The weird world of one-sided objects

A Mobius strip. Credit: cosma/shutterstock.com You have most likely encountered one-sided objects hundreds of times in your daily life – like the universal symbol for recycling, found printed on the backs of aluminum cans and plastic bottles. This mathematical object is called a Mobius strip. It has fascinated environmentalists, artists, engineers, mathematicians and many others…

Sir James Mirrlees obituary

Probably the finest moment in the working life of Sir James Mirrlees came in 1968 when, he recalled, “I finally cracked the optimal tax problem … it came in a flash and was very satisfactory.” Mirrlees, who has died aged 82, arrived at his conclusions about taxation in the middle of Harold Wilson’s government, when…

Solving real-world problems

The INLA approach developed by Rue and colleagues has been used in the Malaria Atlas Project (MAP), which disseminates free, accurate, up-to-date information on malaria, aims to limit the spread of the disease. Credit: MALARIA ATLAS PROJECT Tools developed by Håvard Rue have transformed data analysis, interpretation and communication, and are applied broadly: from modeling…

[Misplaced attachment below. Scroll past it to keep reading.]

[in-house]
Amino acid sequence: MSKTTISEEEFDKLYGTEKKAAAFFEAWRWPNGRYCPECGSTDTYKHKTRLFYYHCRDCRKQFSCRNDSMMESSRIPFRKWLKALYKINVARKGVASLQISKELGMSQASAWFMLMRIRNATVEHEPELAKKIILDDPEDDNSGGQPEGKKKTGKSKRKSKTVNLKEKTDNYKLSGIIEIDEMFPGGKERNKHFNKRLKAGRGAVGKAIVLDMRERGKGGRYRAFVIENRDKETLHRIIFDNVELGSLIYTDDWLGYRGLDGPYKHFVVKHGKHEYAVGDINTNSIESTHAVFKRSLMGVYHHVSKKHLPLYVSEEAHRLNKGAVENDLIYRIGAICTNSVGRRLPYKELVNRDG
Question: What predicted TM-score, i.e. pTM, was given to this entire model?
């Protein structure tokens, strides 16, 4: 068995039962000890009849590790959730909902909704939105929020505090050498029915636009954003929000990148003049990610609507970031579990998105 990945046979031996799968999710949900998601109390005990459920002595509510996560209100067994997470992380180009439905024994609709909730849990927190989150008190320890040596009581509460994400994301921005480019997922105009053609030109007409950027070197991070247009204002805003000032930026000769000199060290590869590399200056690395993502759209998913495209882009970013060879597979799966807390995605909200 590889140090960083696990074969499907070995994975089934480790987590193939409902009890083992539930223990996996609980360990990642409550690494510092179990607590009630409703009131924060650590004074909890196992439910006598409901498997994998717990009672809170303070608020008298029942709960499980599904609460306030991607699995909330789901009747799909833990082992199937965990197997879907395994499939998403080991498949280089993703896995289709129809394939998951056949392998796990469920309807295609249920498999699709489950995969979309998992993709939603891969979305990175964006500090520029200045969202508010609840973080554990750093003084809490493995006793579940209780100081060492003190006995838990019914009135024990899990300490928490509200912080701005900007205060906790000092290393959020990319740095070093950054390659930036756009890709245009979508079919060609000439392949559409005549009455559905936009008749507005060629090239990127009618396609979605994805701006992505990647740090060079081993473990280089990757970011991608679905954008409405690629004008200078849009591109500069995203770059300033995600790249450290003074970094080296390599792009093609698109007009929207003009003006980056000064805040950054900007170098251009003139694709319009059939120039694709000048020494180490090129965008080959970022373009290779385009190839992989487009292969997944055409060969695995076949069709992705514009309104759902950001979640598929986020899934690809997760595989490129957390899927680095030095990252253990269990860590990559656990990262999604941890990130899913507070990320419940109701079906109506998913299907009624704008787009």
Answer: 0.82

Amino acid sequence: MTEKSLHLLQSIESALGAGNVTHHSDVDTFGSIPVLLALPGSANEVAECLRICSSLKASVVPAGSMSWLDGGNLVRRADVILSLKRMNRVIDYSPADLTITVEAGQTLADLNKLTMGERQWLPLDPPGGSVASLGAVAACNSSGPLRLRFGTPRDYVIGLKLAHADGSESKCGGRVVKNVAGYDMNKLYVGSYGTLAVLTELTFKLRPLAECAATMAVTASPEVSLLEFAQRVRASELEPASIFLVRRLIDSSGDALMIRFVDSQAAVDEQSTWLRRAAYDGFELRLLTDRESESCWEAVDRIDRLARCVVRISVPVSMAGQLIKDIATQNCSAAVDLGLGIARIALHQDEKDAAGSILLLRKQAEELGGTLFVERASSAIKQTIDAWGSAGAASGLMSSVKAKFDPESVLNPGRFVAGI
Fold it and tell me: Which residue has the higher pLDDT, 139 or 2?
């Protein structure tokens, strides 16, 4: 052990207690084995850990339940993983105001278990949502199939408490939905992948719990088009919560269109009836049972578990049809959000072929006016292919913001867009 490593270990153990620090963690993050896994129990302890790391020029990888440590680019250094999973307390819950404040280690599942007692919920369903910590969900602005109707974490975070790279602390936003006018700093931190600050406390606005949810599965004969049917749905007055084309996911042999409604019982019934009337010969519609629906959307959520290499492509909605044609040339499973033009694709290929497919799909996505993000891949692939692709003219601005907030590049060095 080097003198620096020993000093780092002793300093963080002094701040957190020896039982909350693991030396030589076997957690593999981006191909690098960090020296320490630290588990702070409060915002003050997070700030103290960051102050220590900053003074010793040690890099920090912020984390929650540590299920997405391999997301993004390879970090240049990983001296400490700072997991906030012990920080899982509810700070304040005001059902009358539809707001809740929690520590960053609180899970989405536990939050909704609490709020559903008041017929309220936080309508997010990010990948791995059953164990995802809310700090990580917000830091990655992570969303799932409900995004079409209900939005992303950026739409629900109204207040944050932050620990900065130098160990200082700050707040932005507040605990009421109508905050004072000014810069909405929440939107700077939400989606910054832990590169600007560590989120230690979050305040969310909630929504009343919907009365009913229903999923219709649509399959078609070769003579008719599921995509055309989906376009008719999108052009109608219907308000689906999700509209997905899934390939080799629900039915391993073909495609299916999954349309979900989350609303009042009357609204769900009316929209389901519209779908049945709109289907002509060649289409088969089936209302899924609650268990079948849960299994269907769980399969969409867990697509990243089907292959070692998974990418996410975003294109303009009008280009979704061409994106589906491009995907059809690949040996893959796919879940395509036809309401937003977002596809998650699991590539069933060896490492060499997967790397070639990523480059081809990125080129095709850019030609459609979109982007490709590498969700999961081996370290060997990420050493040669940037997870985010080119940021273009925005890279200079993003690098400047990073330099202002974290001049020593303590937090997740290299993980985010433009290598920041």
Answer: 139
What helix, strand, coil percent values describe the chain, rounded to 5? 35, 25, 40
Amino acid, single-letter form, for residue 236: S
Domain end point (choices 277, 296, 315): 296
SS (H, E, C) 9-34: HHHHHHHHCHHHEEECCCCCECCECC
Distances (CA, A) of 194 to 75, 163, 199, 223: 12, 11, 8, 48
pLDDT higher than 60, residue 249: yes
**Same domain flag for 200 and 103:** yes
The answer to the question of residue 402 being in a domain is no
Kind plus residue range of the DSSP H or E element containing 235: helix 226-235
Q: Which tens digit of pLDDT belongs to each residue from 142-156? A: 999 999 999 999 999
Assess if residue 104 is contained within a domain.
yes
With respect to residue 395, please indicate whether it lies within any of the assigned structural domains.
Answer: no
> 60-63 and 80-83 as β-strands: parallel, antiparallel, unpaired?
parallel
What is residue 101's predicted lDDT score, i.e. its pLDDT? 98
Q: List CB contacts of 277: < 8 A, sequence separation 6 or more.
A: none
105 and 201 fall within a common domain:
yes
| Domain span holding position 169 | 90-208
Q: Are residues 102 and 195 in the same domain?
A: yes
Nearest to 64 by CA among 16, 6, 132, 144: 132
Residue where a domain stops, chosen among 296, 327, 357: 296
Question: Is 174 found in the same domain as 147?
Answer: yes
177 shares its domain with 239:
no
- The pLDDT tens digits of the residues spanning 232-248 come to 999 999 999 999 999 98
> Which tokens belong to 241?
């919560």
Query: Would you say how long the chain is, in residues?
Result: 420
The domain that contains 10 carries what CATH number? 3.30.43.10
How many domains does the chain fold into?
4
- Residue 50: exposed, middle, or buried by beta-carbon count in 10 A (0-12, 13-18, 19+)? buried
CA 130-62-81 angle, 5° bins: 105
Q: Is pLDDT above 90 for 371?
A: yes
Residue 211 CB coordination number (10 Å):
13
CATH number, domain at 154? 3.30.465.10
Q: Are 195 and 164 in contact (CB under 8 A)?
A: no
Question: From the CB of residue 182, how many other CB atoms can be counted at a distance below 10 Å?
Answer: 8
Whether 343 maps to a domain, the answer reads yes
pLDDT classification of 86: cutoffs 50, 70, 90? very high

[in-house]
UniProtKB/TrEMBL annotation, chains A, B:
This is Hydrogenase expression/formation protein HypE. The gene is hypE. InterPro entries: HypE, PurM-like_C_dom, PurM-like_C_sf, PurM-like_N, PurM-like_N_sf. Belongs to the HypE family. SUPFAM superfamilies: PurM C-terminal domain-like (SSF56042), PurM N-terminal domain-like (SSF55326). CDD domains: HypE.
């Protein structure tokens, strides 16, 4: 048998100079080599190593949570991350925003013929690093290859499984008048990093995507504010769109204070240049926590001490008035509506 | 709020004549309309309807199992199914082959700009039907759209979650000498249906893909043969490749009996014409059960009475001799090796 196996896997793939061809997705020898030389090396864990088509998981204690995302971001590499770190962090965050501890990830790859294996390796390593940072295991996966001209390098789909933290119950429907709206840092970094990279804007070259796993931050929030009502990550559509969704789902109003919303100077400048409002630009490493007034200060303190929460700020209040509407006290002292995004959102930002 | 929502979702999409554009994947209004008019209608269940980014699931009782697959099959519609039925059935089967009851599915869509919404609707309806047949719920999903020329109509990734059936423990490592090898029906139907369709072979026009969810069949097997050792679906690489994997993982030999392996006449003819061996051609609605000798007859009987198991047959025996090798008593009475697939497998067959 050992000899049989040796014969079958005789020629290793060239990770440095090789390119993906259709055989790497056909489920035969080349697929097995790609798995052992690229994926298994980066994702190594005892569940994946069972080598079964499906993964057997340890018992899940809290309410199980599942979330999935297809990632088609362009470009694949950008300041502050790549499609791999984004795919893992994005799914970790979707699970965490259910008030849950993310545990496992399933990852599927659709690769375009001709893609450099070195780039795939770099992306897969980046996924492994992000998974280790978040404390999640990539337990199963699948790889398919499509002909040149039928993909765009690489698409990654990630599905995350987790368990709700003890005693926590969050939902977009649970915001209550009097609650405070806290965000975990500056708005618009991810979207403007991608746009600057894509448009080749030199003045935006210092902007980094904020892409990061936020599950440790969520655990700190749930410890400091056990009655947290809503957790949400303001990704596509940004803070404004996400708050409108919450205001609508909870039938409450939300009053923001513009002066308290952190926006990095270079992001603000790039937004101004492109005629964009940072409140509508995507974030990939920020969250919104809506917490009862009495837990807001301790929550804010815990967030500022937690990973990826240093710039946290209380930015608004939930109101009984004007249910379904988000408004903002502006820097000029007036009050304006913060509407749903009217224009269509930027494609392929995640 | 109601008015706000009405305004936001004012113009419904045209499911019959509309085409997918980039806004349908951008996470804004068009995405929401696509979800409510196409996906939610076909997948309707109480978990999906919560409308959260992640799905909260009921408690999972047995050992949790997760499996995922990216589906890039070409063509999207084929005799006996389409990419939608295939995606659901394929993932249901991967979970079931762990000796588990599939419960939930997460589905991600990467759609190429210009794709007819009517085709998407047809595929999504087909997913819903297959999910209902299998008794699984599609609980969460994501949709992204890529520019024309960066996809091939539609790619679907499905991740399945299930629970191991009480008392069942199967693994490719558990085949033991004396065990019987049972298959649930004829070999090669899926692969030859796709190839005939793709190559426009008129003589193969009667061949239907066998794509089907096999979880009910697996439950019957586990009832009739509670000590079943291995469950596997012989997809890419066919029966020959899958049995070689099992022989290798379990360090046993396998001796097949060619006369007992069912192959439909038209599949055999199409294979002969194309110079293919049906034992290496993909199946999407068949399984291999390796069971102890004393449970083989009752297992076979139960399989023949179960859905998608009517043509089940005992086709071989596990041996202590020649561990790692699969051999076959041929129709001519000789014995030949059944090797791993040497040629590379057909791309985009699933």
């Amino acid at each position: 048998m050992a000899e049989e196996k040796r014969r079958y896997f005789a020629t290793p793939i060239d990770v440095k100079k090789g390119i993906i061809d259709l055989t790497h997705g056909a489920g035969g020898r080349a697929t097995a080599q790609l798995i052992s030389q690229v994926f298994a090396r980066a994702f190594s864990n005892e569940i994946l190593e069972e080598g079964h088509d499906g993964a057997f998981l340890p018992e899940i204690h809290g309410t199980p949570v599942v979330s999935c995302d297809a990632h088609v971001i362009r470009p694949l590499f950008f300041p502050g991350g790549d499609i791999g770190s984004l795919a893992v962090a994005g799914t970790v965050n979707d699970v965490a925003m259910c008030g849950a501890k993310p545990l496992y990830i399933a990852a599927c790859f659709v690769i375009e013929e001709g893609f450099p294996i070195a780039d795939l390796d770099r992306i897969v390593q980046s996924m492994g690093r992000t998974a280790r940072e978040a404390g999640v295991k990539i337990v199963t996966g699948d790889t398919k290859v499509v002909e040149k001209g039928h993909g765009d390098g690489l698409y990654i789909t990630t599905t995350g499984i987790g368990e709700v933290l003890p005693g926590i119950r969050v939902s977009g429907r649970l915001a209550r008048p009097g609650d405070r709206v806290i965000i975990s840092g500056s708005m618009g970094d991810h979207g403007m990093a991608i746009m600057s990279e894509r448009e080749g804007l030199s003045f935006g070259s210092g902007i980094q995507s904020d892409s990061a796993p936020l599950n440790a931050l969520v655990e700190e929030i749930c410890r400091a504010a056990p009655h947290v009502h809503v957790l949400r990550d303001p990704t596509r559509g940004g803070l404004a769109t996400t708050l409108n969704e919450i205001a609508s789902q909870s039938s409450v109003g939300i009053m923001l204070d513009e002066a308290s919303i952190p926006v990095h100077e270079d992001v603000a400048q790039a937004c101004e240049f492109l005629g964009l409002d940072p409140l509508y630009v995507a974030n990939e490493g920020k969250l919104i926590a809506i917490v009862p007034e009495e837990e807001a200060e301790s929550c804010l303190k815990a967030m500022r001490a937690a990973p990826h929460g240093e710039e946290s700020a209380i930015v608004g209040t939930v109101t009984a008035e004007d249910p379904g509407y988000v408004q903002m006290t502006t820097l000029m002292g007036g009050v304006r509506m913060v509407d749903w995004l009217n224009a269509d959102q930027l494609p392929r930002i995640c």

Statistician examines Beatles mystery

Credit: CC0 Public Domain Mark Glickman is Fixing a Hole in Beatles lore. A senior lecturer in statistics, Glickman worked with Ryan Song, a former statistics student at Harvard, and Jason Brown, a professor at Dalhousie University in Nova Scotia, to tackle an enduring Beatles mystery—who wrote “In My Life”? As most Beatles fans…

Mathematicians propose first continuous self-organised criticality model

The black dot on the left figure marks an unstable vertex. After an avalanche, three neighbouring vertices become unstable and will collapse Credit: Nikita Kalinin, Higher School of Economics – Saint-Petersburg An international group of researchers (the first author is Nikita Kalinin, Higher School of Economics—Saint-Petersburg, the last author is Ernesto Lupercio, CINVESTAV, Mexico) has…